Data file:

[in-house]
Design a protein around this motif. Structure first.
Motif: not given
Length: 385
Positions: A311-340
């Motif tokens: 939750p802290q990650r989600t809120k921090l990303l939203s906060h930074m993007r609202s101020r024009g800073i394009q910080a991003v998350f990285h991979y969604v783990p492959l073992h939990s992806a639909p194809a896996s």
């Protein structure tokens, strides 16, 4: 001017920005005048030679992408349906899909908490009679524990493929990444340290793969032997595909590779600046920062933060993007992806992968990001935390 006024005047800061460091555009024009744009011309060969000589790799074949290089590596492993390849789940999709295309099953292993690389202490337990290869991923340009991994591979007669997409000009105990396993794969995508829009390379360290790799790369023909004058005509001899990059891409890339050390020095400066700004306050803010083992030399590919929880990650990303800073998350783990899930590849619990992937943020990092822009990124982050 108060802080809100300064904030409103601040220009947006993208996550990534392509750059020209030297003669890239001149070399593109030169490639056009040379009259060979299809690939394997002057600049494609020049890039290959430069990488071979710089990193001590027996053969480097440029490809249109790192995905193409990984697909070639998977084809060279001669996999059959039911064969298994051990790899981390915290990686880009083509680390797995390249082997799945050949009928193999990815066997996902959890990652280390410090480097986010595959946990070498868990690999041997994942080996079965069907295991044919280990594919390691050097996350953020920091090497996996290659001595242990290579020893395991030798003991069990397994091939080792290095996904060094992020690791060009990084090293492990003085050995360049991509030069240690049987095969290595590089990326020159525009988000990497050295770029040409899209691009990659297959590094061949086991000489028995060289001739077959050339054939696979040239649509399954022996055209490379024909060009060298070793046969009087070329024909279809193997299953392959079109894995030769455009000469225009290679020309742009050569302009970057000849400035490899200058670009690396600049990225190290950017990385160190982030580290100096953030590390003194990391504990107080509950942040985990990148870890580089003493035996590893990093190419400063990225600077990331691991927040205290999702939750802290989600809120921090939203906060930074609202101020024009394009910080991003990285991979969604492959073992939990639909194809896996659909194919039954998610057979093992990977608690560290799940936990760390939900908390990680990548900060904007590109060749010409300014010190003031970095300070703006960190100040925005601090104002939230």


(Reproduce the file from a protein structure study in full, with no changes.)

[in-house]
Design a protein around this motif. Structure first.
Motif: not given
Length: 385
Positions: A311-340
């Motif tokens: 939750p802290q990650r989600t809120k921090l990303l939203s906060h930074m993007r609202s101020r024009g800073i394009q910080a991003v998350f990285h991979y969604v783990p492959l073992h939990s992806a639909p194809a896996s």
């Protein structure tokens, strides 16, 4: 001017920005005048030679992408349906899909908490009679524990493929990444340290793969032997595909590779600046920062933060993007992806992968990001935390 006024005047800061460091555009024009744009011309060969000589790799074949290089590596492993390849789940999709295309099953292993690389202490337990290869991923340009991994591979007669997409000009105990396993794969995508829009390379360290790799790369023909004058005509001899990059891409890339050390020095400066700004306050803010083992030399590919929880990650990303800073998350783990899930590849619990992937943020990092822009990124982050 108060802080809100300064904030409103601040220009947006993208996550990534392509750059020209030297003669890239001149070399593109030169490639056009040379009259060979299809690939394997002057600049494609020049890039290959430069990488071979710089990193001590027996053969480097440029490809249109790192995905193409990984697909070639998977084809060279001669996999059959039911064969298994051990790899981390915290990686880009083509680390797995390249082997799945050949009928193999990815066997996902959890990652280390410090480097986010595959946990070498868990690999041997994942080996079965069907295991044919280990594919390691050097996350953020920091090497996996290659001595242990290579020893395991030798003991069990397994091939080792290095996904060094992020690791060009990084090293492990003085050995360049991509030069240690049987095969290595590089990326020159525009988000990497050295770029040409899209691009990659297959590094061949086991000489028995060289001739077959050339054939696979040239649509399954022996055209490379024909060009060298070793046969009087070329024909279809193997299953392959079109894995030769455009000469225009290679020309742009050569302009970057000849400035490899200058670009690396600049990225190290950017990385160190982030580290100096953030590390003194990391504990107080509950942040985990990148870890580089003493035996590893990093190419400063990225600077990331691991927040205290999702939750802290989600809120921090939203906060930074609202101020024009394009910080991003990285991979969604492959073992939990639909194809896996659909194919039954998610057979093992990977608690560290799940936990760390939900908390990680990548900060904007590109060749010409300014010190003031970095300070703006960190100040925005601090104002939230």